In a recent development in the ongoing legal battle between the U.S. Securities and Exchange Commission (SEC) and Ripple Labs, Ripple’s CEO, Brad Garlinghouse, has expressed his frustration and vehemently countered the SEC’s allegations. The core of the dispute revolves around the SEC’s claim that Ripple and its senior executives, including Garlinghouse and Ripple Co-Founder and Executive Chairman Chris Larsen, unlawfully offered and sold securities, violating the Securities Act of 1933.

The lawsuit, initiated in December 2020, reached a significant milestone on July 13, 2023, when Hon. Analisa Torres, a district judge at the United States District Court for the Southern District of New York, delivered her ruling. After reviewing the case and the summary judgment motions submitted by both parties, the court partially granted and denied motions from both sides. Notably, the court sided with Ripple on several fronts, including the Programmatic Sales, the Other Distributions, and the sales made by both Larsen and Garlinghouse. However, the court denied Ripple’s motion concerning the Institutional Sales.

Judge Torres specifically highlighted that the XRP token itself does not embody the requirements of an investment contract. Furthermore, she noted that the secondary market sales of XRP could not be classified as offers or sales of investment contracts, especially when the payment for these XRP sales never traced back to Ripple.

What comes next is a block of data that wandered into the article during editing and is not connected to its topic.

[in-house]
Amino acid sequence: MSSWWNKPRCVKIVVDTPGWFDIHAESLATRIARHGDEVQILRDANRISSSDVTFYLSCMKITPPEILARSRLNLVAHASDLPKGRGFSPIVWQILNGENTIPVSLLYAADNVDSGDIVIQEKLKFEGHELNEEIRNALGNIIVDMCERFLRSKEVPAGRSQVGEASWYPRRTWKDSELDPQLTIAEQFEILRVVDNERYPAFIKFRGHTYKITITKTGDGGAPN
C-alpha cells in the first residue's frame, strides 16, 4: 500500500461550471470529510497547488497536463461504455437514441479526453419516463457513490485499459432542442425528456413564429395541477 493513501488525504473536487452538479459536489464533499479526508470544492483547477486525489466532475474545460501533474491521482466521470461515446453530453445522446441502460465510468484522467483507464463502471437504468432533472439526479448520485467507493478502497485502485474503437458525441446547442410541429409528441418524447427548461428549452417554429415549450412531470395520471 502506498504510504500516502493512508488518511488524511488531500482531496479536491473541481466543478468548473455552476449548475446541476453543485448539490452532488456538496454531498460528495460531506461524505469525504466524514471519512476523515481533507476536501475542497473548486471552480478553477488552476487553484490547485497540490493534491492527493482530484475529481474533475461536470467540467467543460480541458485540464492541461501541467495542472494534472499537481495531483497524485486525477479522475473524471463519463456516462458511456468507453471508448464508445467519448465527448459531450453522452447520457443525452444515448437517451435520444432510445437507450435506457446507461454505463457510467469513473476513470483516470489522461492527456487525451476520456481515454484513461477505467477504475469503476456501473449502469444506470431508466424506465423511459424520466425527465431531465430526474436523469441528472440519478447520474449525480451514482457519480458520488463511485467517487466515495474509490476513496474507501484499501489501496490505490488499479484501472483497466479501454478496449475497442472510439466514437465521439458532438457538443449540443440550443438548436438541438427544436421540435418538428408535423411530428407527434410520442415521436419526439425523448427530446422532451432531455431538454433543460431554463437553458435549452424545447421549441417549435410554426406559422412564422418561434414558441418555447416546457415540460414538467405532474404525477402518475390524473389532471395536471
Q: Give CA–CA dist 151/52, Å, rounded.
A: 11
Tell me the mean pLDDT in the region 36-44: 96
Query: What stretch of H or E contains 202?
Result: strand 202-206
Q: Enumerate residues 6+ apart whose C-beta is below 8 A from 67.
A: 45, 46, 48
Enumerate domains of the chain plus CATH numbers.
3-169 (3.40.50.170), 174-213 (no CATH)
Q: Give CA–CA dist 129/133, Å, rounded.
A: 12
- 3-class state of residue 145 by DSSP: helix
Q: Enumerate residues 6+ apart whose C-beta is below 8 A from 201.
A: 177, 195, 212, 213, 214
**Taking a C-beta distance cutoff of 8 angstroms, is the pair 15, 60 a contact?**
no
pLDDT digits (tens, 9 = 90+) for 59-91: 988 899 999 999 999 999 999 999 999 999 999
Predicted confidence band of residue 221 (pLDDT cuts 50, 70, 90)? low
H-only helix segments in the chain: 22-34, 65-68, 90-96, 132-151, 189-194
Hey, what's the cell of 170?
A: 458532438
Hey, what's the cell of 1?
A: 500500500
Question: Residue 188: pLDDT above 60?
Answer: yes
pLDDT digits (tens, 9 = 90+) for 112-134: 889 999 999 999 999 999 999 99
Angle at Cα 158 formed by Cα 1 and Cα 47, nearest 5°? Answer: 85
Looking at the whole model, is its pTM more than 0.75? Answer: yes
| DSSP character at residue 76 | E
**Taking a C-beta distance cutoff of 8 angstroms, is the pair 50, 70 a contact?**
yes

Despite the court’s ruling, the SEC, on August 9, 2023, sought an interlocutory appeal, a mechanism that allows appellate courts to review specific aspects of a case before its conclusion. According to a report by CoinDesk, the SEC aims to challenge the court’s decision that “defendants’ ‘programmatic’ offers and sales to XRP buyers over crypto asset trading platforms and Ripple’s ‘other distributions’ in exchange for labor and services did not involve the offer or sale of securities under [the Howey test].”

On 16 August 2023, responding to the SEC’s move, Ripple’s Chief Legal Officer, Stuart Alderoty, tweeted that there were no extraordinary circumstances to justify an appeal before resolving all issues related to all parties involved. Ripple’s legal team and the two executive’s legal team sent separate letters to Judge Torres saying that the three defendants — i.e., Ripple Labs, Brad Garlinghouse, and Chris Larsen — “oppose the SEC’s anticipated motion for leave to file an interlocutory appeal.”

Garlinghouse’s response was more direct and assertive. In a series of tweets, he emphasized that the request for an appeal, even if granted, wouldn’t alter the fact that XRP is not a security. He labeled the SEC’s claims that he and Larsen acted recklessly in believing that XRP is not a security as “utter nonsense.” Garlinghouse also pointed out that the July 13 ruling indicated that the SEC would need to provide substantial evidence at trial regarding their claims against him and Larsen. He expressed confidence in proving the SEC wrong, both factually and legally.

Featured Image Credit: Photo / illustration by “sergeitokmakov” via Pixabay